Depression

By Shawn LaSota

“I guess you heard about Jane, right? Shocked the hell outta me when I heard about it.”

“Yeah.”

“Never woulda expected it. Not from her in a million years. Course I didn’t know her all that well in the end. To tell you the truth, I can’t remember all that much about her except that she used to wear those tight, pink undershirts. Didn’t matter what she was wearing over it, but she was always wearing that pink. She said they were like jeans or the color black. That everything went with pink on a girl, and I’d have to agree. She always pulled it off well. I didn’t think she’d be capable of doing something like this, did you? I just can’t see her doing it.”

“I didn’t know her that well.”

“Like I said, I didn’t either towards the end. I remember her in college. Man, she was always so full of life. Like, you hear people describe other people as being full of life all the time, but every time you hear someone say that, you never know what the fuck they’re talking about. But with her, man, I’m serious. You take a look at her and you think to yourself, fuck, she’s got things going on in her life. Why can’t I have things going on in my life like she does?”

“She doesn’t anymore.”

“Don’t be so fuckin’ insensitive. Fuck’s sake, man. She was a good girl, you know? I took her out for a drink once, and she was the happiest girl I’d ever seen. Full of life, like I said. She was gorgeous. I mean, she was no model, but beautiful all the same. Had that red hair and was able to hold a tan. She was a natural red too. Now, you know how rare it is for a ginger to be able to tan? She was one in a million, man. And she was so hot, or at least she had those amazing looking tits. Thousand guys were hitting on her, and she took them all in stride.”

“She fucked them?”

“No, I mean she took it in stride like she didn’t get bent out of shape. Lotta girls get hit on and they act like it’s a fucking curse that they’re drop-dead gorgeous. She took it as a compliment every time. If a guy bought her a drink, she would be polite and drink it. She must’ve had a dozen free drinks that night because she was fuckin’ hammered when we left the bar. Not together, I might add, but together in that I helped her and drove her home. And if a guy only offered to buy her a drink, she wouldn’t lead the poor bastard on saying, ‘Oh sure, sure, buy me a drink and maybe you can get in my pants.’ She didn’t do shit like that. She’d say, ‘No, thank you,’ or, ‘Oh, that’s very sweet of you, but no.’ She was a real classy girl, and I respected the hell out of her. You know how rare that is? For me to respect a girl? Usually, I only respect a girl to the point that I nail her, and even then, it’s not really respect, but just part of the game. I’m just playing the game, biding my time before I fuck her, and then I’m out the door and she’s worthless to me because there was never anything there to begin with. But Jane, shit man, she was something else. Even after we screwed, and I can’t remember how many times we screwed, but even after we screwed, I still stuck around because she was something more than I ever saw before. She still smiled around me. She didn’t get pissed off that I didn’t call or that I didn’t stay until morning. It was like she expected it, understood it, and was okay with it, and that was sexy as hell.”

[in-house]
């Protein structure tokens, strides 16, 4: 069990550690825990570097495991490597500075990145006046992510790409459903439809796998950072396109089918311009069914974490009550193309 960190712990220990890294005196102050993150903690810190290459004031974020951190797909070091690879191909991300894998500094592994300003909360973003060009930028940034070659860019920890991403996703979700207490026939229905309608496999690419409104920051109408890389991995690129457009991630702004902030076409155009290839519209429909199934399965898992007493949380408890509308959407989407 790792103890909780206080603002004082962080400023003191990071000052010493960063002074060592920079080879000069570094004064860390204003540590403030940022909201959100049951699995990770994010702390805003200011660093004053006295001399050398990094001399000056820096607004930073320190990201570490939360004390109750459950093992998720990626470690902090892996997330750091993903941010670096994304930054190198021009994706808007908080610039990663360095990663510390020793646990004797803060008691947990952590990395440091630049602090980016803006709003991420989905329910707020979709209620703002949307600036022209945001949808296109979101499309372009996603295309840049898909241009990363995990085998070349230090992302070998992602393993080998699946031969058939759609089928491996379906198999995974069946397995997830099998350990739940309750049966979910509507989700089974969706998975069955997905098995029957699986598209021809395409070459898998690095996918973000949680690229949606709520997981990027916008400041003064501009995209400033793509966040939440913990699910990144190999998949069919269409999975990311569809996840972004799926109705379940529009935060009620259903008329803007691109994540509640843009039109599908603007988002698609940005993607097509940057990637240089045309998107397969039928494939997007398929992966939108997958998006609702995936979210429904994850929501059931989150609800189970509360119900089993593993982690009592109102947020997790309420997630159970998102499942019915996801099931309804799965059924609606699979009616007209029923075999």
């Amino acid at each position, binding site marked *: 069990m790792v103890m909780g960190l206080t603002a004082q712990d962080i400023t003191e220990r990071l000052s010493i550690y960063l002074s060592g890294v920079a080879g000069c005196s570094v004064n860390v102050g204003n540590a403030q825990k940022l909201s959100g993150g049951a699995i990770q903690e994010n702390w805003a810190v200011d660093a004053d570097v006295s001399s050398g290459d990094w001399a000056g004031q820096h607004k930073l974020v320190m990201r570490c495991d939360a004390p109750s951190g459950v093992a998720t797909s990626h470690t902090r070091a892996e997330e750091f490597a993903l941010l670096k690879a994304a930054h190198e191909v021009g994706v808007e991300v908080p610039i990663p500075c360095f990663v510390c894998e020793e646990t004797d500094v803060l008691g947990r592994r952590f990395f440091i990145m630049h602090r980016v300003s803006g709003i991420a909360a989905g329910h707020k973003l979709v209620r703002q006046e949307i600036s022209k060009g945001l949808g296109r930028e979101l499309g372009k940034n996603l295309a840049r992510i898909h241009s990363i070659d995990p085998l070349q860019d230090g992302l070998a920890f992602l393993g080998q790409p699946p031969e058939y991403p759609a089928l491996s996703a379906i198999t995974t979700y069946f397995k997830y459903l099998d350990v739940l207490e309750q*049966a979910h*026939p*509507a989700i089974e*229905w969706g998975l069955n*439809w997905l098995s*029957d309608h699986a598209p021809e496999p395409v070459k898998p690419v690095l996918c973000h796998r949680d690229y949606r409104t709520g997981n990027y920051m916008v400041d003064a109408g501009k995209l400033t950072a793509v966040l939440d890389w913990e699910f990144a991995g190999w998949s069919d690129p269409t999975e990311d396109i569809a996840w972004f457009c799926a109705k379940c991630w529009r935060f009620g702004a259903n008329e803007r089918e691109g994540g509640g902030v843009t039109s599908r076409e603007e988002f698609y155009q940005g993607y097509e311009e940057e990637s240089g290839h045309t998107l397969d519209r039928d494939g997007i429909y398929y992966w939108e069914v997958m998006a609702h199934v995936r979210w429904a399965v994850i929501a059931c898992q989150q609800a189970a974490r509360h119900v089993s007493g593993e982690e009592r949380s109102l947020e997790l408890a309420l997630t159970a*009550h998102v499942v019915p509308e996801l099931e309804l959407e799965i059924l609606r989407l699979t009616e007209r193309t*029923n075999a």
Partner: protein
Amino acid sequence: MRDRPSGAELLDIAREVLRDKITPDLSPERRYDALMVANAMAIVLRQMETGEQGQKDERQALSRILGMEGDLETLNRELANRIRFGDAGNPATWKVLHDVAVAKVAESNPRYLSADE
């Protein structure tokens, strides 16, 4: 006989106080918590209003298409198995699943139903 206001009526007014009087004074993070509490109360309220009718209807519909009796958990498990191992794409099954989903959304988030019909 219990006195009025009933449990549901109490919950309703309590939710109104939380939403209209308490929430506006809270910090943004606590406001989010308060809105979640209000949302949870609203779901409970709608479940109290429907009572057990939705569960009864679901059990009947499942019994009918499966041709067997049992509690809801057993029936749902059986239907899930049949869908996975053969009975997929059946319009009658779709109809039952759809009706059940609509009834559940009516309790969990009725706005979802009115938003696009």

“So you did fuck her?”

“Well it wasn’t really fucking at the end of the day. Like, when you fuck a girl, you fuck her, get done, and that’s it. You leave. With Jane, yeah you started fucking her, but she had a way to slow you down and be more deliberate with your fucking. She turned your fucking into something more like…I don’t know…some kind of intimacy.”

“Wait, so you made love to her?”

“What? No. I’m just saying it wasn’t fucking, but it sure as shit wasn’t love. Okay? What I’m saying is that I would have stuck around, and I did some nights. She was the sort of girl that I could see myself ending up with if it weren’t for all the other ass I was getting on the side. I mean, how could I pass that up, right?”

“So was she good?”

“Are you listening to a word I’m fucking saying? Yeah, she was good. But it wasn’t the sort of good that you’re thinking. She was good like forever good. She could make you feel stuff that you didn’t think was possible, man. She was special, and I’m not just talking about her looks. She had that personality thing that people are always going on about and saying that it’s so fucking important. I never really agreed with it before or since, but Jane had something. I just can’t see her doing something like this. Maybe I should have called her over the past year or something. Fuck, I didn’t even know she was depressed. You look at a girl like that and you would have no idea that she was depressed. What happened in the last year that made her so fucking down on herself that she would do it?”

Clinical Depression by Yuliya Libkina

Clinical Depression by Yuliya Libkina

“Maybe she lost her job.”

“You don’t do it because you lost your job. I don’t understand people who do this shit. I mean, yeah, I get down. I get depressed. We all do. I remember you telling me like last year or something that you were depressed for like two weeks straight. It happens.”

“It happens.”

“You wanna know what I think?”

“Sure.”

“I think depression is a pretty white thing. Like, I’m not being racist. This has nothing to do with race. But can you name a famous black person that killed themselves?”